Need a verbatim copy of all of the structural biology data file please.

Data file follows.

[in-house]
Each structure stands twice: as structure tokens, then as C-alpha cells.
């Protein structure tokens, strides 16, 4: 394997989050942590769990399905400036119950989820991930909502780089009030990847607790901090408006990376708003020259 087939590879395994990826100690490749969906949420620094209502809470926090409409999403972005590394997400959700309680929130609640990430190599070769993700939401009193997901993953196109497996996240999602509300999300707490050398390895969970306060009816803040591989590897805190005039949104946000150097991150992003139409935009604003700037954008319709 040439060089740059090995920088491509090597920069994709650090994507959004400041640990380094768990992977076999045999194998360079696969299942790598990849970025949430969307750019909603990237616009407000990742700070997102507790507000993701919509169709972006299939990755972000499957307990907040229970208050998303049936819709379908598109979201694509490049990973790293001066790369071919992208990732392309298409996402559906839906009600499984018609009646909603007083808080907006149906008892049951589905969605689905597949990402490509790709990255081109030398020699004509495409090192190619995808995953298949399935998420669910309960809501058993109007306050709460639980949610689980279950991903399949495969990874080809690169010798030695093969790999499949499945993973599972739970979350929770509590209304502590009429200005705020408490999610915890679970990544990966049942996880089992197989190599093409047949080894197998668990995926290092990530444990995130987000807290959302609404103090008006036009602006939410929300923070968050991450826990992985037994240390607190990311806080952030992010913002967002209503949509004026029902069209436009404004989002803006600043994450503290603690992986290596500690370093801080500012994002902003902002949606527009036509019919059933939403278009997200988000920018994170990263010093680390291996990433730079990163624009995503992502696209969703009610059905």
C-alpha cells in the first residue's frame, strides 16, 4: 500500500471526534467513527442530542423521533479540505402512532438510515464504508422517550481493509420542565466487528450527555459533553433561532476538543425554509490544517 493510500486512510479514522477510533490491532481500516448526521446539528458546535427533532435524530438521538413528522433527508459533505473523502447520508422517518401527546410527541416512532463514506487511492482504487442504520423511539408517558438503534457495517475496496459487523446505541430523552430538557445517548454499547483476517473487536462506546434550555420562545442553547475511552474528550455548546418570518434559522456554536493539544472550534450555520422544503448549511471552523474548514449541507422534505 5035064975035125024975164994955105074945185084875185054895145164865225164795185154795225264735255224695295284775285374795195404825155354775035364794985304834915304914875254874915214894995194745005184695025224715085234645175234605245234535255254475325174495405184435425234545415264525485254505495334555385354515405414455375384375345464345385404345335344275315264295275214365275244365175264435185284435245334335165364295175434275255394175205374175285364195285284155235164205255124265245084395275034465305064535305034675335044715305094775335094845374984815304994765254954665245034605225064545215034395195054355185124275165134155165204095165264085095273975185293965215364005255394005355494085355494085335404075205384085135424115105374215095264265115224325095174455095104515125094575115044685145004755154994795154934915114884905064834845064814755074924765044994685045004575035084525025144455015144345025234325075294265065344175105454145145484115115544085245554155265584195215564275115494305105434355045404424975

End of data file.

[in-house]
Each structure stands twice: as structure tokens, then as C-alpha cells.
């Protein structure tokens, strides 16, 4: 394997989050942590769990399905400036119950989820991930909502780089009030990847607790901090408006990376708003020259 087939590879395994990826100690490749969906949420620094209502809470926090409409999403972005590394997400959700309680929130609640990430190599070769993700939401009193997901993953196109497996996240999602509300999300707490050398390895969970306060009816803040591989590897805190005039949104946000150097991150992003139409935009604003700037954008319709 040439060089740059090995920088491509090597920069994709650090994507959004400041640990380094768990992977076999045999194998360079696969299942790598990849970025949430969307750019909603990237616009407000990742700070997102507790507000993701919509169709972006299939990755972000499957307990907040229970208050998303049936819709379908598109979201694509490049990973790293001066790369071919992208990732392309298409996402559906839906009600499984018609009646909603007083808080907006149906008892049951589905969605689905597949990402490509790709990255081109030398020699004509495409090192190619995808995953298949399935998420669910309960809501058993109007306050709460639980949610689980279950991903399949495969990874080809690169010798030695093969790999499949499945993973599972739970979350929770509590209304502590009429200005705020408490999610915890679970990544990966049942996880089992197989190599093409047949080894197998668990995926290092990530444990995130987000807290959302609404103090008006036009602006939410929300923070968050991450826990992985037994240390607190990311806080952030992010913002967002209503949509004026029902069209436009404004989002803006600043994450503290603690992986290596500690370093801080500012994002902003902002949606527009036509019919059933939403278009997200988000920018994170990263010093680390291996990433730079990163624009995503992502696209969703009610059905």
C-alpha cells in the first residue's frame, strides 16, 4: 500500500471526534467513527442530542423521533479540505402512532438510515464504508422517550481493509420542565466487528450527555459533553433561532476538543425554509490544517 493510500486512510479514522477510533490491532481500516448526521446539528458546535427533532435524530438521538413528522433527508459533505473523502447520508422517518401527546410527541416512532463514506487511492482504487442504520423511539408517558438503534457495517475496496459487523446505541430523552430538557445517548454499547483476517473487536462506546434550555420562545442553547475511552474528550455548546418570518434559522456554536493539544472550534450555520422544503448549511471552523474548514449541507422534505 5035064975035125024975164994955105074945185084875185054895145164865225164795185154795225264735255224695295284775285374795195404825155354775035364794985304834915304914875254874915214894995194745005184695025224715085234645175234605245234535255254475325174495405184435425234545415264525485254505495334555385354515405414455375384375345464345385404345335344275315264295275214365275244365175264435185284435245334335165364295175434275255394175205374175285364195285284155235164205255124265245084395275034465305064535305034675335044715305094775335094845374984815304994765254954665245034605225064545215034395195054355185124275165134155165204095165264085095273975185293965215364005255394005355494085355494085335404075205384085135424115105374215095264265115224325095174455095104515125094575115044685145004755154994795154934915114884905064834845064814755074924765044994685045004575035084525025144455015144345025234325075294265065344175105454145145484115115544085245554155265584195215564275115494305105434355045404424975